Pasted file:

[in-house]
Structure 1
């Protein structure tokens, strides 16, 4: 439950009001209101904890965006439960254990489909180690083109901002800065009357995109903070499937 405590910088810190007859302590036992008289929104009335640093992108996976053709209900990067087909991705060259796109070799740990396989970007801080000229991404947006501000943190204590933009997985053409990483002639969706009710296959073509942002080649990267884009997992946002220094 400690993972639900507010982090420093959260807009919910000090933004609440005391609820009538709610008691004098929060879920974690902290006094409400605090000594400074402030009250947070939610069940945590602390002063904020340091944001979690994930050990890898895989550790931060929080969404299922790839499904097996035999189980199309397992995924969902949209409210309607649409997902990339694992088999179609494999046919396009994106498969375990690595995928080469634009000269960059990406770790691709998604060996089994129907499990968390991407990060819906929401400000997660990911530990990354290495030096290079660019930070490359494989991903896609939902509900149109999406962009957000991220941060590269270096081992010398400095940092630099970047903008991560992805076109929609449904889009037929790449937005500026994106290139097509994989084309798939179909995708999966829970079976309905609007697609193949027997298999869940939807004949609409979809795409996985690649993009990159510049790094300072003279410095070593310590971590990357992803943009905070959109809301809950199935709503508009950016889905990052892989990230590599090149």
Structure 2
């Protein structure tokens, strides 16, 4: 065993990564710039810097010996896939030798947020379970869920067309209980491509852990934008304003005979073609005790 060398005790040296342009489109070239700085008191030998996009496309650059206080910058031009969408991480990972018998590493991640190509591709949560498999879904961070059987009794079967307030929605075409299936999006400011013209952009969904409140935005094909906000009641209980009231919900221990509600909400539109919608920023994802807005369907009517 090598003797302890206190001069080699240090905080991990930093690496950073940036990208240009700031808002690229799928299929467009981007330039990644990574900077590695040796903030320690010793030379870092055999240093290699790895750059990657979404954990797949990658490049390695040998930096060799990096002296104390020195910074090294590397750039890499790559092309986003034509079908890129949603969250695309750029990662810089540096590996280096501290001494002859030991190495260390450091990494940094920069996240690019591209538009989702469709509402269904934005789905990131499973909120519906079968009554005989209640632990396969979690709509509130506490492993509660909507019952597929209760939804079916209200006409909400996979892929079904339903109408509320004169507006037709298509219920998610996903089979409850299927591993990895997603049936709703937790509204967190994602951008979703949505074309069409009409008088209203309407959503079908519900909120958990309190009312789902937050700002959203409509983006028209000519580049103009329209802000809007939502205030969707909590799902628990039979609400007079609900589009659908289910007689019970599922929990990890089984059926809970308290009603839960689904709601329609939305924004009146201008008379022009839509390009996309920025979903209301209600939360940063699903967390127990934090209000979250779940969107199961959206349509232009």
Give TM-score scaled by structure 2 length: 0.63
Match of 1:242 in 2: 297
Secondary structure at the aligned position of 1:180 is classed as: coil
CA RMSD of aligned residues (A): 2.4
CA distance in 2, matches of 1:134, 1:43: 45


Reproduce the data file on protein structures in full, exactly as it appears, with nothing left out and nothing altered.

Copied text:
[in-house]
Structure 1
């Protein structure tokens, strides 16, 4: 439950009001209101904890965006439960254990489909180690083109901002800065009357995109903070499937 405590910088810190007859302590036992008289929104009335640093992108996976053709209900990067087909991705060259796109070799740990396989970007801080000229991404947006501000943190204590933009997985053409990483002639969706009710296959073509942002080649990267884009997992946002220094 400690993972639900507010982090420093959260807009919910000090933004609440005391609820009538709610008691004098929060879920974690902290006094409400605090000594400074402030009250947070939610069940945590602390002063904020340091944001979690994930050990890898895989550790931060929080969404299922790839499904097996035999189980199309397992995924969902949209409210309607649409997902990339694992088999179609494999046919396009994106498969375990690595995928080469634009000269960059990406770790691709998604060996089994129907499990968390991407990060819906929401400000997660990911530990990354290495030096290079660019930070490359494989991903896609939902509900149109999406962009957000991220941060590269270096081992010398400095940092630099970047903008991560992805076109929609449904889009037929790449937005500026994106290139097509994989084309798939179909995708999966829970079976309905609007697609193949027997298999869940939807004949609409979809795409996985690649993009990159510049790094300072003279410095070593310590971590990357992803943009905070959109809301809950199935709503508009950016889905990052892989990230590599090149």
Structure 2
């Protein structure tokens, strides 16, 4: 065993990564710039810097010996896939030798947020379970869920067309209980491509852990934008304003005979073609005790 060398005790040296342009489109070239700085008191030998996009496309650059206080910058031009969408991480990972018998590493991640190509591709949560498999879904961070059987009794079967307030929605075409299936999006400011013209952009969904409140935005094909906000009641209980009231919900221990509600909400539109919608920023994802807005369907009517 090598003797302890206190001069080699240090905080991990930093690496950073940036990208240009700031808002690229799928299929467009981007330039990644990574900077590695040796903030320690010793030379870092055999240093290699790895750059990657979404954990797949990658490049390695040998930096060799990096002296104390020195910074090294590397750039890499790559092309986003034509079908890129949603969250695309750029990662810089540096590996280096501290001494002859030991190495260390450091990494940094920069996240690019591209538009989702469709509402269904934005789905990131499973909120519906079968009554005989209640632990396969979690709509509130506490492993509660909507019952597929209760939804079916209200006409909400996979892929079904339903109408509320004169507006037709298509219920998610996903089979409850299927591993990895997603049936709703937790509204967190994602951008979703949505074309069409009409008088209203309407959503079908519900909120958990309190009312789902937050700002959203409509983006028209000519580049103009329209802000809007939502205030969707909590799902628990039979609400007079609900589009659908289910007689019970599922929990990890089984059926809970308290009603839960689904709601329609939305924004009146201008008379022009839509390009996309920025979903209301209600939360940063699903967390127990934090209000979250779940969107199961959206349509232009």
Give TM-score scaled by structure 2 length: 0.63
Match of 1:242 in 2: 297
Secondary structure at the aligned position of 1:180 is classed as: coil
CA RMSD of aligned residues (A): 2.4
CA distance in 2, matches of 1:134, 1:43: 45